It is only every seven years or so that Estelle and I have our birthdays over a weekend, she is on the 23rd and I am the 24th. This year two of our daughters and their families came to stay at Over the Mountain for the weekend. It was a wonderful time together for all of us, even though it was quite busy in the Guest house and the Tea garden.
As part of the weekend celebrations, we decided that it would be an excellent opportunity to let each of the three grandchildren plant a tree on the farm. Under the expert guidance of Morne Lochner from Norgarivier Nursery, we bought a number of indigenous tees and a few fig and olive trees earlier in the week. When we asked the eldest grandson which tree he wanted to plant, without hesitation he chose one of the fig trees. To bring some balance, we helped each of the children plant two trees, a White fig tree and a Waterbessie (Syzygium cordatum) tree.
I believe that planting a tree is similar to leaving a lasting legacy. We are all here on earth for a short period of time and most try to get as much packed into their lives as possible. Some decide to not just be takers, but become givers. Givers of their time, their material things, their knowledge, their ideas and creativity or simply of themselves.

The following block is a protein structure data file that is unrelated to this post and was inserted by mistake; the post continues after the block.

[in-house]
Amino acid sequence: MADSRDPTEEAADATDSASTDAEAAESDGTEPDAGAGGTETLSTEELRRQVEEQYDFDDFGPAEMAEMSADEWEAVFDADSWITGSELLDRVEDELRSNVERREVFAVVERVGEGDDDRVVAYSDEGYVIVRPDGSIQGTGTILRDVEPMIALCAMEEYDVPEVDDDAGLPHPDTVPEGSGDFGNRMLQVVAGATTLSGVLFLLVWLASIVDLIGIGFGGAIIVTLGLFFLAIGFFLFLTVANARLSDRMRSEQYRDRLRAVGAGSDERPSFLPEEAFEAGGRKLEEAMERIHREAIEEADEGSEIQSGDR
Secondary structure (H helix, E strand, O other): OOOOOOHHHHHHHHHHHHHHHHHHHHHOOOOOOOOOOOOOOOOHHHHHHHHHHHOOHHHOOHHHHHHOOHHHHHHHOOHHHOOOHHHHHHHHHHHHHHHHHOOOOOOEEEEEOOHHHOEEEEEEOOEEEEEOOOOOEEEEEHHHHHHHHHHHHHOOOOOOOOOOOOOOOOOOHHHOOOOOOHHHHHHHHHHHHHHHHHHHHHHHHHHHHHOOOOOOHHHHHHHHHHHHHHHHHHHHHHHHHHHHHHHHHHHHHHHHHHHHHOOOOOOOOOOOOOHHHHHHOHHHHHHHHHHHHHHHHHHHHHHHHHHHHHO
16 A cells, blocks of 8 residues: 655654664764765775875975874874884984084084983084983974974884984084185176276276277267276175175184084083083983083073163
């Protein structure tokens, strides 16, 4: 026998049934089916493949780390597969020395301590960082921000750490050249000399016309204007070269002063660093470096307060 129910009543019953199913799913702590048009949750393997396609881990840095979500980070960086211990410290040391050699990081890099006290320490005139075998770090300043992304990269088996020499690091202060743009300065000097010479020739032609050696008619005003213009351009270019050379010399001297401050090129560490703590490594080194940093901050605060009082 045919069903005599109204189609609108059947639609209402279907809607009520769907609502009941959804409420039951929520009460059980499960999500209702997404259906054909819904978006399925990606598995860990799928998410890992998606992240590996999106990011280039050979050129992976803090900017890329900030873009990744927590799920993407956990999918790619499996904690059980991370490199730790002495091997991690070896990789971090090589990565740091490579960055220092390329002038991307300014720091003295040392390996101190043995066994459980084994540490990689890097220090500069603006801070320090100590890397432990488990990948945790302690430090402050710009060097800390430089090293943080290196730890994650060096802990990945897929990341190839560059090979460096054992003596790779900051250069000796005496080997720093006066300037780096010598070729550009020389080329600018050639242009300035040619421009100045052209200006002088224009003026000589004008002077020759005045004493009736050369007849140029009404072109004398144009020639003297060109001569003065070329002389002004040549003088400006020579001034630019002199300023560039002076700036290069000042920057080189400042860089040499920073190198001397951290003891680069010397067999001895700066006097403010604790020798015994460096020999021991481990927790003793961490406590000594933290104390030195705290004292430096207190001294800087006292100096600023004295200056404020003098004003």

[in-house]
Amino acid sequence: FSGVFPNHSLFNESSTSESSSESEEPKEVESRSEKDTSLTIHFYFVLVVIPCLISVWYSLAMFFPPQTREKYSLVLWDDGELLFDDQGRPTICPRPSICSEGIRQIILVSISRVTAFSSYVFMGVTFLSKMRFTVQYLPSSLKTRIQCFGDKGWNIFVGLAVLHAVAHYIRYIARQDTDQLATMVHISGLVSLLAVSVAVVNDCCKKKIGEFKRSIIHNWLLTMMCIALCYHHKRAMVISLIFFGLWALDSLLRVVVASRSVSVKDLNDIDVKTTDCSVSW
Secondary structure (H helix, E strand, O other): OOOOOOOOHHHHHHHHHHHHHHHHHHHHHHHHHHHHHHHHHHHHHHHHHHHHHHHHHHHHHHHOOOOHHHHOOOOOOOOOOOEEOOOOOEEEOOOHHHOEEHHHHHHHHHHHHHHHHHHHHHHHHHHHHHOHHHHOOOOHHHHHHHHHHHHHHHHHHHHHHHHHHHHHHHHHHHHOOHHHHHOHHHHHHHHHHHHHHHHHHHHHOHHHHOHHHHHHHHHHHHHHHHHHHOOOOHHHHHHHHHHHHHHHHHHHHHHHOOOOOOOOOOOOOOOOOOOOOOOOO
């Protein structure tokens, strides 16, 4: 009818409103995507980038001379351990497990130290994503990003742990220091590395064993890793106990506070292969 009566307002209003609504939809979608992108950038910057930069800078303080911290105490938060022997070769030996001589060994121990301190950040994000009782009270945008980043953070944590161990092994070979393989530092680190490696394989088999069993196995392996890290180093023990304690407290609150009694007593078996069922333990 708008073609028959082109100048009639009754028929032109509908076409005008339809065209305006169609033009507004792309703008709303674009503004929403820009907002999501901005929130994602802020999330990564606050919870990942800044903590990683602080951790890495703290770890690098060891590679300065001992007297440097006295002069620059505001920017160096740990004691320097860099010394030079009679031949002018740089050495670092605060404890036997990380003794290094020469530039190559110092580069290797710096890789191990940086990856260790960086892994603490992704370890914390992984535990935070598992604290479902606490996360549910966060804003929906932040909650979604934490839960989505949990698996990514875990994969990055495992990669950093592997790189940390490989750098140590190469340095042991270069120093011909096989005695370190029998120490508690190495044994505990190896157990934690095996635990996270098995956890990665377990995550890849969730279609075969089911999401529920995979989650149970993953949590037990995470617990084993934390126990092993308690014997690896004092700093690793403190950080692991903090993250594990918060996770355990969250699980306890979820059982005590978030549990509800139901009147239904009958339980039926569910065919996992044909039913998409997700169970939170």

Two weeks ago, John Barnard, one of the residents of Herold, who lived here for 30 years, passed away very unexpectedly from a heart attack. We only knew him for a little more than two months, but he befriended us and often brought us vegetables from his garden. At his funeral everyone remembered him as a very caring and giving person, we could see that he left a legacy.
Hopefully all the trees we are now planting here will outlast us and our grandchildren will see them grow into mature trees. I trust that the way we live our lives, our principles, our conduct and our love for God, will outlast us and will continue to impact the lives our children, grandchildren, friends and even our guests, that it will be our legacy long after we have gone.